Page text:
'Nudity Not Obscene by Default': Kerala HC Quashes Case Against Rehana Fathima

The HC said the activist was trying to challenge patriarchal norms by letting her children paint on her body.

2 min read
'Nudity Not Obscene by Default': Kerala HC Quashes Case Against Rehana Fathima
Hindi Female

The Quint DAILY

For impactful stories you just can’t miss

By subscribing you agree to our Privacy Policy

The Kerala High Court on Monday, 5 June, quashed a case against Kerala activist Rehana Fathima, pertaining to a controversial video of her children painting on her semi-nude body, reported LiveLaw.

Fathima was charged under Sections 13, 14, and 15 of the Protection of Children from Sexual Offences (POCSO) Act, 2012, Section 67B (d) of the Information Technology Act, 2000, and Section 75 of the Juvenile Justice (Care and Protection of Children) Act, 2015.

Passing the order on Monday, Justice Kauser Edappagath said that the video, which was circulated by the activist on Facebook, cannot be considered obscene as she had explained that it was created to challenge patriarchal notions and the sexualisation of women's bodies.


What was the case about? In June 2020, the activist came under fire for circulating a video of her two minor children – a 14-year-old boy and an 8-year-old girl – painting on her semi-nude body. She contended that the exercise was aimed at challenging the stigma associated with women's bodies and imparting sexual education to her children.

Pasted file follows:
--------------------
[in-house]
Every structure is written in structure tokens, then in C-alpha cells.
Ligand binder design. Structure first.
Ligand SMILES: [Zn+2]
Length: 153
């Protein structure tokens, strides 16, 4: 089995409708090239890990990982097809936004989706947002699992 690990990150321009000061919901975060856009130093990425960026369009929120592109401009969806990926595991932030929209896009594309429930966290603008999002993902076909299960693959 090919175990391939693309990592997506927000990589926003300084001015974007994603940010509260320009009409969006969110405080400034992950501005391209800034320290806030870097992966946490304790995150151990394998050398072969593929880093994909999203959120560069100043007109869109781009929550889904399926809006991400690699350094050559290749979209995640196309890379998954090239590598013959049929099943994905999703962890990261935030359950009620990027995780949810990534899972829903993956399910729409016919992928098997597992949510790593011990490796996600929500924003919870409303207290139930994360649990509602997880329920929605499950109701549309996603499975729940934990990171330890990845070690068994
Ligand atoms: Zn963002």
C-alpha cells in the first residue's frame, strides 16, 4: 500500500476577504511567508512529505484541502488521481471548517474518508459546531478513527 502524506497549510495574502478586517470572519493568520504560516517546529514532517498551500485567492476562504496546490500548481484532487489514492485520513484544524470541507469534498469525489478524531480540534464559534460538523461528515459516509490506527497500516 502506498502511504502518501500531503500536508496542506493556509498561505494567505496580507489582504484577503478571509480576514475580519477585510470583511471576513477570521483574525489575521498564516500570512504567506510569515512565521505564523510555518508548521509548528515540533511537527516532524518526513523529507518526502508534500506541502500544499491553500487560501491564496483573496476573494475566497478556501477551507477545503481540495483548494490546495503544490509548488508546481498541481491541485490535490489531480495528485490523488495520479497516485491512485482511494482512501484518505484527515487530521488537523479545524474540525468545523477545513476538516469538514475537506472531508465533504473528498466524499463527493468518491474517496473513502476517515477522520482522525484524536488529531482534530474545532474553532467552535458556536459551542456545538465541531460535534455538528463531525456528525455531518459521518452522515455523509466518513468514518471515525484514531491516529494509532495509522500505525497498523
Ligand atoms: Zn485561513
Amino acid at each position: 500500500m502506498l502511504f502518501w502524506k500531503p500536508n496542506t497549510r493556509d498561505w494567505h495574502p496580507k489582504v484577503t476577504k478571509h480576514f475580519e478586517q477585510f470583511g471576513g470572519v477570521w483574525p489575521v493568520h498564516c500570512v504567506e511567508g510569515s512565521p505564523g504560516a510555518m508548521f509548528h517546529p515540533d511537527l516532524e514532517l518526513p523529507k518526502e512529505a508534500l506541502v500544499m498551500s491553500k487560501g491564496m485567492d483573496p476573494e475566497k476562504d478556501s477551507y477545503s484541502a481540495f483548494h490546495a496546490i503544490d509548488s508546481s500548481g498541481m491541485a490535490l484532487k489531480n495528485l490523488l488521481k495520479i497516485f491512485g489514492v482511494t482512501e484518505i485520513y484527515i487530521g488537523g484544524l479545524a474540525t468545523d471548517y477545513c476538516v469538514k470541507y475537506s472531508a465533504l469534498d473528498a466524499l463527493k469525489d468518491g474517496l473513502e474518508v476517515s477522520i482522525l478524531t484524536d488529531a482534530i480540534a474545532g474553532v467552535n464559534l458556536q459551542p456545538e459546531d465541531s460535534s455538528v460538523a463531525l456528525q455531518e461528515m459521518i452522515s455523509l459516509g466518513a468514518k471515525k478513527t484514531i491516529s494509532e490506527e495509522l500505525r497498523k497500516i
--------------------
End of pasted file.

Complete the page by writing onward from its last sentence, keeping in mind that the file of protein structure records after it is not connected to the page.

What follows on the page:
Fathima, who was one of the women to first enter Sabarimala temple, was denied anticipatory bail in the case and was later granted conditional bail by a special court.

What did the high court say? Finding merit in Fathima's contention that she was trying to challenge patriarchy and sensitise her children, Justice Edappagath highlighted society's double standards when it comes to men's and women's bodies.

"The autonomy of the male body is seldom questioned, while the body agency and autonomy of women are under constant threat in a patriarchal structure. The women are bullied, discriminated against, isolated, and prosecuted for making choices about their bodies and lives."
Justice Kauser Edappagath, as per LiveLaw

The court further observed that "the mere sight of the naked upper body of the woman should not be deemed to be sexual by default. So also, the depiction of the naked body of a woman cannot per se be termed to be obscene, indecent, or sexually explicit. The same can be determined to be so only in context."

(At The Quint, we are answerable only to our audience. Play an active role in shaping our journalism by becoming a member. Because the truth is worth it.)

Read Latest News and Breaking News at The Quint, browse for more from gender

Topics:  Kerala High Court   Nudity   POCSO 

Speaking truth to power requires allies like you.
Become a Member
3 months
12 months
12 months
Check Member Benefits
Read More